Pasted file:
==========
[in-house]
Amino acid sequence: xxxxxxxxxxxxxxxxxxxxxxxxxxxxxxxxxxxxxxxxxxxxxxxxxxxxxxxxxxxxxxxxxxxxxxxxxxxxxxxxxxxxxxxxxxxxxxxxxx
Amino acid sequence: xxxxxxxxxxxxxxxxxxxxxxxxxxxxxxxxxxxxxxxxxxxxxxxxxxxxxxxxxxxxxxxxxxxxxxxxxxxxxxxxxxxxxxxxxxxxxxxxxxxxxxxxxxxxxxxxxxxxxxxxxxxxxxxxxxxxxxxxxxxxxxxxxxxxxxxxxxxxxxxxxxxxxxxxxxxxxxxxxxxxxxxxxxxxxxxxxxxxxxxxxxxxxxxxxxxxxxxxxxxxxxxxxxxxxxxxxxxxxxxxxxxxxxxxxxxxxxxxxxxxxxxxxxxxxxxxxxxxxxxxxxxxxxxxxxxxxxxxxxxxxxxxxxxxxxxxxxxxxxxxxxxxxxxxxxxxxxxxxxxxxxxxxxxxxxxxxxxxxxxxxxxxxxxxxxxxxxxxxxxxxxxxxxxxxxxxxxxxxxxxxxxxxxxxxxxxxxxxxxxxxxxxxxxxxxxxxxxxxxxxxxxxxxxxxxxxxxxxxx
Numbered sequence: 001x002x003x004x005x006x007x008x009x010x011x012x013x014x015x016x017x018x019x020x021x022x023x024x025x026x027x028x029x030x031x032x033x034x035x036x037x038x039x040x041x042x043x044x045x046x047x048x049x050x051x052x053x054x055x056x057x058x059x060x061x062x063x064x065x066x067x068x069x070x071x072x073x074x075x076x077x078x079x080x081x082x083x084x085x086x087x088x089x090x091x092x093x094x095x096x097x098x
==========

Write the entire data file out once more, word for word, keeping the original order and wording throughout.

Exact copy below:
[in-house]
Amino acid sequence: xxxxxxxxxxxxxxxxxxxxxxxxxxxxxxxxxxxxxxxxxxxxxxxxxxxxxxxxxxxxxxxxxxxxxxxxxxxxxxxxxxxxxxxxxxxxxxxxxx
Amino acid sequence: xxxxxxxxxxxxxxxxxxxxxxxxxxxxxxxxxxxxxxxxxxxxxxxxxxxxxxxxxxxxxxxxxxxxxxxxxxxxxxxxxxxxxxxxxxxxxxxxxxxxxxxxxxxxxxxxxxxxxxxxxxxxxxxxxxxxxxxxxxxxxxxxxxxxxxxxxxxxxxxxxxxxxxxxxxxxxxxxxxxxxxxxxxxxxxxxxxxxxxxxxxxxxxxxxxxxxxxxxxxxxxxxxxxxxxxxxxxxxxxxxxxxxxxxxxxxxxxxxxxxxxxxxxxxxxxxxxxxxxxxxxxxxxxxxxxxxxxxxxxxxxxxxxxxxxxxxxxxxxxxxxxxxxxxxxxxxxxxxxxxxxxxxxxxxxxxxxxxxxxxxxxxxxxxxxxxxxxxxxxxxxxxxxxxxxxxxxxxxxxxxxxxxxxxxxxxxxxxxxxxxxxxxxxxxxxxxxxxxxxxxxxxxxxxxxxxxxxxxx
Numbered sequence: 001x002x003x004x005x006x007x008x009x010x011x012x013x014x015x016x017x018x019x020x021x022x023x024x025x026x027x028x029x030x031x032x033x034x035x036x037x038x039x040x041x042x043x044x045x046x047x048x049x050x051x052x053x054x055x056x057x058x059x060x061x062x063x064x065x066x067x068x069x070x071x072x073x074x075x076x077x078x079x080x081x082x083x084x085x086x087x088x089x090x091x092x093x094x095x096x097x098x